One of the concepts I have found super helpful, for both people struggling with anxiety disorders as well as their loved ones, is the idea that we each have a feeling brain and a thinking brain. These two “parts” of our brains are both essential to our lives. Our thinking brain helps us solve problems and plan for the future. Our feeling brain helps warn us of danger (by making us feel anxious and fearful), provides us with positive emotions that motivate us (by making us feel happy), and drives us to help others who are suffering (by making us feel sad). Problems can arise, however, because the feeling brain and the thinking brain don’t always play nicely together. When one part of our brain is activated, it often means the other part is taking a break. People who are suffering with an anxiety disorder know this all too well. When your anxiety disorder gets “triggered” by something – being in a social situation, or having to use a public bathroom, or feeling a strange physical symptom in your body – your feeling brain is trying to take control of the situation. And if it’s a particularly bad trigger, your feeling brain can go into overdrive. Children can have “meltdowns.” And adults can have meltdowns of their own (although grown-up tantrums tend to involve lashing out with words rather than kicking and screaming). The thing to remember is that when the feeling brain is in charge, it can be extremely difficult to think clearly. And those important functions that your thinking brain controls – the problem solving and the planning – they probably won’t be accessible to you for a while. And that’s totally okay, and it doesn’t mean you’re a basketcase or anything. It just means you’re human.
If you are an anxiety sufferer, here are some tips to remember…
1. Find your coping skills. You will inevitably be overwhelmed at times. Just remember in these moments that your feeling brain has taken charge. Don’t keep trying to have the conversation or the argument you’re having. Don’t keep working on your homework if it’s making your anxiety worse. Don’t try and figure anything out. Don’t continue to post on social media. Instead, find a coping skill (do one of those cool adult coloring books, play a video game on your phone, or take the dog for a walk) and focus on the skill until you can get your feelings back to a manageable level. Then you can return to whatever it was you were working on.
2. Get to know your triggers. Gradual exposure to your triggers is going to be an important part of overcoming your anxiety. But it has to come in manageable doses. You may have to temporarily restructure your life to make sure you’re not being constantly overwhelmed. You may need to talk with your loved ones about making changes at home so life is more manageable. And if your loved ones can’t handle having these conversations with you, you may need to find a way to incorporate a family session into your treatment. It’s important that you create a life situation that will be conducive to gradually facing your fears and getting your life back from anxiety.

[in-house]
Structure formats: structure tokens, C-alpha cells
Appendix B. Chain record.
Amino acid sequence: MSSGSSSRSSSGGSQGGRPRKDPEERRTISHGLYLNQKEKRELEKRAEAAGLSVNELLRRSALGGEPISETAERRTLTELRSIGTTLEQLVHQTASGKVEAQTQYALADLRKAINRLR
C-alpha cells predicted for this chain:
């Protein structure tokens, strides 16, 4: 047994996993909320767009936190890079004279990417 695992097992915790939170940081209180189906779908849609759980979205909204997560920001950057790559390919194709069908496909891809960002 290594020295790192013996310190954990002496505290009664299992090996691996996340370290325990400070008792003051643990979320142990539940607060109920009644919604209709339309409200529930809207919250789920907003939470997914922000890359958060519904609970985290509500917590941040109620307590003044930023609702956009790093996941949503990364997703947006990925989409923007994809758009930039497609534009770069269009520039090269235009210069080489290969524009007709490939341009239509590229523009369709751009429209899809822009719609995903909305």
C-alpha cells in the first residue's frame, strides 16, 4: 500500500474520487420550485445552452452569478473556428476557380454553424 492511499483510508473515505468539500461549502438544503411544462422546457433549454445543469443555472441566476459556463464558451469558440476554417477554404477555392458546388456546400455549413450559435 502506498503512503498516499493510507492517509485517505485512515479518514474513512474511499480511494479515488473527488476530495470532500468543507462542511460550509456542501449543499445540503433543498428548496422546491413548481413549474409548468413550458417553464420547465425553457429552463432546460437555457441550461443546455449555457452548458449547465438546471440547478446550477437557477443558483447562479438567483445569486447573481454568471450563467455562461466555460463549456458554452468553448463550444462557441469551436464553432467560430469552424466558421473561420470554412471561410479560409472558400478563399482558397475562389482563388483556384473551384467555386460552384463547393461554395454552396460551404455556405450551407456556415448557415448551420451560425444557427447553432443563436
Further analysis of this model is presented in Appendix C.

If you are someone living with an anxiety sufferer, here are some things to keep in mind…
1. Pay attention to the warning signs of your loved one. What do they look like when they’re anxious? How do they behave? When your loved one is highly triggered, keep in mind that they don’t have access to their thinking brain. This is not the time to figure out the problem, or develop a plan, or try to get them to change something about themselves, The only thing you have to worry about in this instance is gettting the emotions back down to manageable levels. There will be time to process what happened and develop a plan of action at a later time when your loved one is feeling more calm.
2. Don’t take anything that your loved one says during a “meltdown” personally. When someone is triggered they are not thinking clearly. They may even see you as a threat in those moments. Remind yourself that this is the anxiety talking. Not the person.
Preventing the feeling brain from becoming overwhelmed is an essential part of successful treatment. Following the basic steps above will have you ready for the next step; facing your fears in small, manageable steps.